Bladder stones are hard objects in the urinary tract made up of millions of tiny crystals.
Bladder stones can form as a consequence of a number of conditions. In some cases, they may be related to urinary tract infection. In other cases, they may form in association with a prostate condition. And there are also certain types of reconstructive surgical procedures performed on the urinary tract which can increase the risk for bladder stone formation.
Bladder Stones: What You Need to Know
- In some cases bladder stones can cause symptoms, but in other cases they may be silent, and detected incidentally.
- Those who have had a bladder stone before are at greater risk of developing another.
- To prevent bladder stones, it is important to know why it formed. This can be determined through a medical evaluation.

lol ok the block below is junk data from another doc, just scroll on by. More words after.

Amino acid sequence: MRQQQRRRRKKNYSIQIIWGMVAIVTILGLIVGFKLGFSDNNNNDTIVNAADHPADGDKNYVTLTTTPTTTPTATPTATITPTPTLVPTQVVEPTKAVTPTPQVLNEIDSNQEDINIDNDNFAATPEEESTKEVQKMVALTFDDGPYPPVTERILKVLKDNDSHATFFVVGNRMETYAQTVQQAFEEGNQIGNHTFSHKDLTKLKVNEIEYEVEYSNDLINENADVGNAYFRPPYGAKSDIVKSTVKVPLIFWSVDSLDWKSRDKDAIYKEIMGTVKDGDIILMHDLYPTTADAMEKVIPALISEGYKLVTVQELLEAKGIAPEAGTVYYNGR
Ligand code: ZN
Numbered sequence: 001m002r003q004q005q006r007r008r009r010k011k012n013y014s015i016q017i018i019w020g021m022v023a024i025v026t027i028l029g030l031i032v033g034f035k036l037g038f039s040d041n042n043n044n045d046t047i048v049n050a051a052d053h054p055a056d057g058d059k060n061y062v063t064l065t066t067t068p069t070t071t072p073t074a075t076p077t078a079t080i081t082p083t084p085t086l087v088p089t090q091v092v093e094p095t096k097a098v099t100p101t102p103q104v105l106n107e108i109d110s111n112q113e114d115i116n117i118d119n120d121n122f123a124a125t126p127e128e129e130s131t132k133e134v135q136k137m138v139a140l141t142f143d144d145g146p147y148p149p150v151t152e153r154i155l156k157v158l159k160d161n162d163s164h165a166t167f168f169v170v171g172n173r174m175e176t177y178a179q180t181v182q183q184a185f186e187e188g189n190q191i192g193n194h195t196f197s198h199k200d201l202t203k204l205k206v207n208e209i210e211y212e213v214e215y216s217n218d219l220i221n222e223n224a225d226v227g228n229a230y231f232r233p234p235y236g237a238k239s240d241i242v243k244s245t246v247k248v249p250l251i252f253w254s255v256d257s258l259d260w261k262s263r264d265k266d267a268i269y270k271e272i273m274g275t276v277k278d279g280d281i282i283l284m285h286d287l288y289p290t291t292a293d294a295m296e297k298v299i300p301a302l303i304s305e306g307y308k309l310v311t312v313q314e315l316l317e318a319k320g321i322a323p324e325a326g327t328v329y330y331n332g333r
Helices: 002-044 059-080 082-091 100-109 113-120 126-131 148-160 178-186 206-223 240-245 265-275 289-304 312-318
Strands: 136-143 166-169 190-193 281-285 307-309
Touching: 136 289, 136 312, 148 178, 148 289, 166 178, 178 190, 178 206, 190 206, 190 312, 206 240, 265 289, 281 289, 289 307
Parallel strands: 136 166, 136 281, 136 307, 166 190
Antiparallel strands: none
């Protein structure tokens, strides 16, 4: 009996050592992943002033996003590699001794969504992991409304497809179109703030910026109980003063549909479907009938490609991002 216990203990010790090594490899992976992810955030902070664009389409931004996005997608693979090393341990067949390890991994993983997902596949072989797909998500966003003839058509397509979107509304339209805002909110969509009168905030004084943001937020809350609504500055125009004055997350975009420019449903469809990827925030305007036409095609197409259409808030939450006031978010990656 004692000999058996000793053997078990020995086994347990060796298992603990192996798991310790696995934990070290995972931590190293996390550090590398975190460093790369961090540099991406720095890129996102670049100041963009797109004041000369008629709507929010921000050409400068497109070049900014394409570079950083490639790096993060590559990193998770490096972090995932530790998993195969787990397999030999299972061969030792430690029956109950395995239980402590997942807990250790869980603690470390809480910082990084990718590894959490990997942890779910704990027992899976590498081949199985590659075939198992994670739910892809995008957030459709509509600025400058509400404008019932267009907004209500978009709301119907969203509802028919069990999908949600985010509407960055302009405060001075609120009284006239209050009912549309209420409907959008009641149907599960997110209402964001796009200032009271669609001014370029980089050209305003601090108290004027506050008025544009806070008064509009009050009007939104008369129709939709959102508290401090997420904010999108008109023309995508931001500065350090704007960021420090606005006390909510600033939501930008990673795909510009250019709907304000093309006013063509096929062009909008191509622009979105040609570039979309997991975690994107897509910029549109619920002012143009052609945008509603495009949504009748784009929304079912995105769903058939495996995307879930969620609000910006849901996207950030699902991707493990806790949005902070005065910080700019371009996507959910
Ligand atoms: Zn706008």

- Often, bladder stones will require a procedure in order to be removed. However, in many cases such procedures can be performed without an incision, and without requiring overnight hospitalization.
Our Center for Stone Disease
At the Gerald D. and Helen M. Stephens Center for Stone Disease, urologists work closely with a team of nephrologists to address all aspects of bladder stone care. By combining surgical, medical and dietary therapies, patients enjoy faster recoveries and fewer bladder stones down the road.
Learn more about the Gerald D. and Helen M. Stephens Center for Stone Disease